Authors Acting Badly

A review of a book came across the Twitter-sphere today. That in itself isn’t remarkable. What is remarkable is the response of the author of the book.

The short version is that the reviewer said he liked the story, but that it had grammatical errors. The author took this the wrong way, and ended up giving the reviewer a piece of her mind. She claimed that he had the wrong version (it appears he didn’t) and more. When it came down to it, though, she insulted the reviewer and the other commenters. She demanded that the review be taken down, as well as told commenters to… well… “Go Away” in not so nice terms.

I feel sorry for this lady. In one day, she has managed to destroy her reputation. This whole fiasco went viral on Twitter. She won’t have much luck in the future. And in truth, the real troll in the whole thread of comments was her. There were some others (as you will get when something like this happens), but the majority were people telling her to be quiet for her own good. She should have listened to the criticisms. They are given for a reason. As the reviewer said, the story was good. It was the grammar that made it hard to read.

So, to my family and friends, please destroy my pens, paper, computers and whatever else if I ever do that. It is not professional, nor useful in the long run.

Scrivener for Windows

I’m done reading Harry Potter and the Sorcerer’s Stone, but I need to do my writeup. I am planning 2 blog posts for that. Maybe more if I feel like expounding more. Today, I want to talk about Scrivener, though.

I heard of Scrivener when I did NaNoWriMo in 2009. It looked interesting, but as it was only for Mac, I couldn’t do anything with it. I may be in IT, but I haven’t been able to justify getting a Mac yet.

Then, as NaNo 2010 was gearing up, I heard that there was a Windows Beta starting. Great! Except that I do most of my writing on a Dell Mini 9 netbook with Ubuntu Linux. As NaNo progressed, I noticed that they had a Linux version! Great! But I didn’t want to take the time to figure out how to get it to work during NaNo, so I waited till afterwords. As I look back on it, I wish I had noticed that Linux port from the start. Its features make it a lot easier to work in for writing, as compared to Word or OpenOffice.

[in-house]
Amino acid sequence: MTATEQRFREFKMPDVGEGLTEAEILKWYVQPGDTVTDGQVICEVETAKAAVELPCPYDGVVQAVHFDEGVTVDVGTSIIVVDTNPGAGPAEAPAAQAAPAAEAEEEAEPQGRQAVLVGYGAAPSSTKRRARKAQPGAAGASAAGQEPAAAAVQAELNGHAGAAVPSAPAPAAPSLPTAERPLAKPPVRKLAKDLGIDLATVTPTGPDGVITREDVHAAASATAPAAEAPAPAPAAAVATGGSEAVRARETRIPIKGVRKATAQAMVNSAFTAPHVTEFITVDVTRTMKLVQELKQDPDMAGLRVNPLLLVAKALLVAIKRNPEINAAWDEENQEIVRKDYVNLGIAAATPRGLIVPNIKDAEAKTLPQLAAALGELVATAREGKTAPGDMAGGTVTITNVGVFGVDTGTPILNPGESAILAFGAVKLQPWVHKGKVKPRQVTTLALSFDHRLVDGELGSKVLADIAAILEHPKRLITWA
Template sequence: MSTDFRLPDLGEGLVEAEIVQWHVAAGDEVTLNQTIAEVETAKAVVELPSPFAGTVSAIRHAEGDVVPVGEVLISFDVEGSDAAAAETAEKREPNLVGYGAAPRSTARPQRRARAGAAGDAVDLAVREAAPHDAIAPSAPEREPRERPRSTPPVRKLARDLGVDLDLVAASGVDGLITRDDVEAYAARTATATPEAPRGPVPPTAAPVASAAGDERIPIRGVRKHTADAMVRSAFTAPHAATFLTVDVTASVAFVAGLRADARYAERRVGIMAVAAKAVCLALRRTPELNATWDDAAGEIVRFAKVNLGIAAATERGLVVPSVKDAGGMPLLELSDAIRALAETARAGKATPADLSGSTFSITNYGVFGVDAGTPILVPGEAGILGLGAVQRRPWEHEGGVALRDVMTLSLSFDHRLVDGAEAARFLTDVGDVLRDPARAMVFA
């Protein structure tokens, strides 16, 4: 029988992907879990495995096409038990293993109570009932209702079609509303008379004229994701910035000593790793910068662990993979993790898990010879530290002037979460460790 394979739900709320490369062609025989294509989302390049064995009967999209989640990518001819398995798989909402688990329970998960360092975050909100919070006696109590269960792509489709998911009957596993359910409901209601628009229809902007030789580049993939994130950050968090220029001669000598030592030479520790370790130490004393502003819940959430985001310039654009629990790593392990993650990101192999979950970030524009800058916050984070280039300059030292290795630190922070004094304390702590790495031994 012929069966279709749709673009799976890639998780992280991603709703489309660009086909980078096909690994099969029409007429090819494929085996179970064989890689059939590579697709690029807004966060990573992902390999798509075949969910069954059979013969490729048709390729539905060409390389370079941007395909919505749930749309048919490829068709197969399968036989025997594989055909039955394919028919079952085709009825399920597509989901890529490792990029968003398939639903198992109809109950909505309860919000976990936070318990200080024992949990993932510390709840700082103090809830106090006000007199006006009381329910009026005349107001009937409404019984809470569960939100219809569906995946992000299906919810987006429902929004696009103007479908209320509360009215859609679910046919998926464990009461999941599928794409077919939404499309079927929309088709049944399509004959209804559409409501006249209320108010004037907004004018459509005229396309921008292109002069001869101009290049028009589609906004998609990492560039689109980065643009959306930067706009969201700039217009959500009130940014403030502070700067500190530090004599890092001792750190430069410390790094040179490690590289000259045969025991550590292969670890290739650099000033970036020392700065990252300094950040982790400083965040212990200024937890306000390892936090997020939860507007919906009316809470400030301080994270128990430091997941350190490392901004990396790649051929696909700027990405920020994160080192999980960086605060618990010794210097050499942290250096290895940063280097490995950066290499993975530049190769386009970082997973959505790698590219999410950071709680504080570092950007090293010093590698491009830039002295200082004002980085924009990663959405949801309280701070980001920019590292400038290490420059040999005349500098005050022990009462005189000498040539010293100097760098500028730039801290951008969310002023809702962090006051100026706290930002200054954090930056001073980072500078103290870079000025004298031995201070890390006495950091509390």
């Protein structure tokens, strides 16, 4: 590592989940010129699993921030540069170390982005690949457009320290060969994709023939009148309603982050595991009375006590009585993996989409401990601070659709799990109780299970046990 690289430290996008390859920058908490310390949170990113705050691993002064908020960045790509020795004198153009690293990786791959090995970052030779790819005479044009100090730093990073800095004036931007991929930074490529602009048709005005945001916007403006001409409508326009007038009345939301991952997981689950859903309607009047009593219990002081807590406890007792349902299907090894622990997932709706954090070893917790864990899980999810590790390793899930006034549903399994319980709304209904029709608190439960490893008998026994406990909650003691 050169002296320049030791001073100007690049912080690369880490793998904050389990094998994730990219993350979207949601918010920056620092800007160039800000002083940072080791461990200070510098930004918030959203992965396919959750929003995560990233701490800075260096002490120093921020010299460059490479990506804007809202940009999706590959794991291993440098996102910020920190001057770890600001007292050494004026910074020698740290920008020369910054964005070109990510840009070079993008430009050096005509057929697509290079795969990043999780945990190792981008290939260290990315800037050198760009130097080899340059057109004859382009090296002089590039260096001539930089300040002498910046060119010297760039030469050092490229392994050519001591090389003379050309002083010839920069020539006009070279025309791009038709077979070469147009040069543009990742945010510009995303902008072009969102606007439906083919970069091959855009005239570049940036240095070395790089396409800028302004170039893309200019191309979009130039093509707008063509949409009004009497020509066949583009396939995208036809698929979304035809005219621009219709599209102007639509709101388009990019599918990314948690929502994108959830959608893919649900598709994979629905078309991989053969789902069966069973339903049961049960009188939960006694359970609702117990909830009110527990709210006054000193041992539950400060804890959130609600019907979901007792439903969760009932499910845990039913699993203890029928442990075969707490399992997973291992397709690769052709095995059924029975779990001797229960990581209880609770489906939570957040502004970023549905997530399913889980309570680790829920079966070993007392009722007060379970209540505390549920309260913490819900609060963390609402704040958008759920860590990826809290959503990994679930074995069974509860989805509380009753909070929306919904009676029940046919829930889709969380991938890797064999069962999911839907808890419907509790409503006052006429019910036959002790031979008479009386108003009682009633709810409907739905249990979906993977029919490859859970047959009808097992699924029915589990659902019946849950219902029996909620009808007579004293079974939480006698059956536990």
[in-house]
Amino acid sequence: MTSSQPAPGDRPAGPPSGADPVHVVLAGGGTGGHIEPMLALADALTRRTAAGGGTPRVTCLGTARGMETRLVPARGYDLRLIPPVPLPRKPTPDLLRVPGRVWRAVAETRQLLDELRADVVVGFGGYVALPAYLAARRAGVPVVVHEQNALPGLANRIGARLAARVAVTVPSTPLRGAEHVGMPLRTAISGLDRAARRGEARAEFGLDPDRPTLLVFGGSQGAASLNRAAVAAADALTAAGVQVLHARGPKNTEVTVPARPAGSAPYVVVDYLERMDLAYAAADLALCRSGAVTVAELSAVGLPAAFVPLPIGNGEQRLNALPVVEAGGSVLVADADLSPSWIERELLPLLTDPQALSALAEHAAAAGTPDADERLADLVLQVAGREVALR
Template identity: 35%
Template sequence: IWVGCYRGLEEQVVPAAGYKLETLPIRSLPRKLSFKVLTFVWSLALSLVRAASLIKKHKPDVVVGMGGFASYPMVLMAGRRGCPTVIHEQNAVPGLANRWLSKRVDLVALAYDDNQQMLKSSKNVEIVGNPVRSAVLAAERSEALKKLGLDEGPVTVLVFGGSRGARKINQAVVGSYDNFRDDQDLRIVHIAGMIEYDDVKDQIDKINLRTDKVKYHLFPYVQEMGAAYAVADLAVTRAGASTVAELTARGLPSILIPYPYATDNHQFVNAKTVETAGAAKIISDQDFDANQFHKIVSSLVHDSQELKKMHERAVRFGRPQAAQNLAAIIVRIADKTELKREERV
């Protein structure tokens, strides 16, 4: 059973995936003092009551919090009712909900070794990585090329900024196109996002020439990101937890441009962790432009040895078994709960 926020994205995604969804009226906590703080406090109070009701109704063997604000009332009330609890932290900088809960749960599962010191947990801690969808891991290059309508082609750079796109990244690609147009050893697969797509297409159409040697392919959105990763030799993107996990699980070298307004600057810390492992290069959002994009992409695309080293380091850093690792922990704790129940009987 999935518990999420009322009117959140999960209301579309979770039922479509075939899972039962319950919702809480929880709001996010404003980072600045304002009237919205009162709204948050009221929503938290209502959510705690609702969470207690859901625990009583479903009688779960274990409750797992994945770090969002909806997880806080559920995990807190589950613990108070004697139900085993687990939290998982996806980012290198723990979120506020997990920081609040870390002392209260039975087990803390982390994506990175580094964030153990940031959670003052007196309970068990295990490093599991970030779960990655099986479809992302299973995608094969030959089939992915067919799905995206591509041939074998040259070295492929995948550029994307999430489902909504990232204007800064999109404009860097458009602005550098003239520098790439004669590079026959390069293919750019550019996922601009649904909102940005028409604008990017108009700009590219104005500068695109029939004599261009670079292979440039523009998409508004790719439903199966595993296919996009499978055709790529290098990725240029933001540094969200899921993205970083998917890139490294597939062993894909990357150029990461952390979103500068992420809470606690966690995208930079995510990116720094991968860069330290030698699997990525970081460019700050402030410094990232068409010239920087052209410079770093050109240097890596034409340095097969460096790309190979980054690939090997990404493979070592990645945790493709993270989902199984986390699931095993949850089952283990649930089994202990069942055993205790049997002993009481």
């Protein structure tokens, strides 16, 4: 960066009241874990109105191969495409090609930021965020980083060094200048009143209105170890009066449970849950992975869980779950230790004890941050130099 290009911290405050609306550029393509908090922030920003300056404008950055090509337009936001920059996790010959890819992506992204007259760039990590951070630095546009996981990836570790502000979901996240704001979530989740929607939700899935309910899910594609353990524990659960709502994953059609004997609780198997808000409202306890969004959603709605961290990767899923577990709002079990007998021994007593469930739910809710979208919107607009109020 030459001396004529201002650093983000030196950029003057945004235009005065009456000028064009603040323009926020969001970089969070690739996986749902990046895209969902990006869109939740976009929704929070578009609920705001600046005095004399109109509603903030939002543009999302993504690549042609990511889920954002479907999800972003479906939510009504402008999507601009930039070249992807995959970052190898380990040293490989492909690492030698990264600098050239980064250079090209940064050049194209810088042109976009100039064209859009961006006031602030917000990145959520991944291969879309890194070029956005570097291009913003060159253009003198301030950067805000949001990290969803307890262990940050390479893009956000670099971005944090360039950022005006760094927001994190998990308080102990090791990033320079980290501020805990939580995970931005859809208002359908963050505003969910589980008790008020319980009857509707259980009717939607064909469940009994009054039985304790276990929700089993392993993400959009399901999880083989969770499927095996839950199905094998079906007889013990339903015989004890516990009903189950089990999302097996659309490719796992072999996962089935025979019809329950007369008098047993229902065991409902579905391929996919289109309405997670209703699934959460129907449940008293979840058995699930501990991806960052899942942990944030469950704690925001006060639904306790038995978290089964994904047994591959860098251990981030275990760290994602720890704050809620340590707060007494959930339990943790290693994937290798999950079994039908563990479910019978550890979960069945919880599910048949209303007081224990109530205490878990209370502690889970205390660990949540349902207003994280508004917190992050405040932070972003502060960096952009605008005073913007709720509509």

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Harry Potter and the Sorcerer’s Stone – Chapters 1-5

Chapter 1

This chapter could probably be titled as a Prologue. Only in the sense that all other chapters in the book are from Harry’s perspective, and if I was writing it, I might do it that way.

I do like that there are 2 POVs though. JKR did very well giving us the impression of how the Dursley’s view the world: normal and abnormal. And we only see small glimpses of the abnormal. That is better, because then there is plenty of room to grow through the rest of the book. Even though the magical does get introduced fairly quickly.

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Harry Potter and the Sorcerer’s Stone Readthrough

Harry Potter and the Sorcerer’s Stone is the first in the Harry Potter series by J. K. Rowling. It was published in 1997 by Scholastic here in the US.

I wanted to read through Harry because, in some form, it’s similar to what I want to be writing: young man who ends up in a large adventure. Although, mine doesn’t have a separate magical world.

I’m not sure what else to say. I enjoy the story, and think that (as a first book) it’s well written. The story itself is engaging, and keeps moving. These days, that is important to a story. Modern novels keep the suspense going, the action is moving at a fairly consistent pace.

Beware, there will probably be spoilers. So if you haven’t read it, you might not want to read my Readthrough.

I will be abbreviating the title in the future. Look for the tag HPatSS. Or look under the Harry Potter category.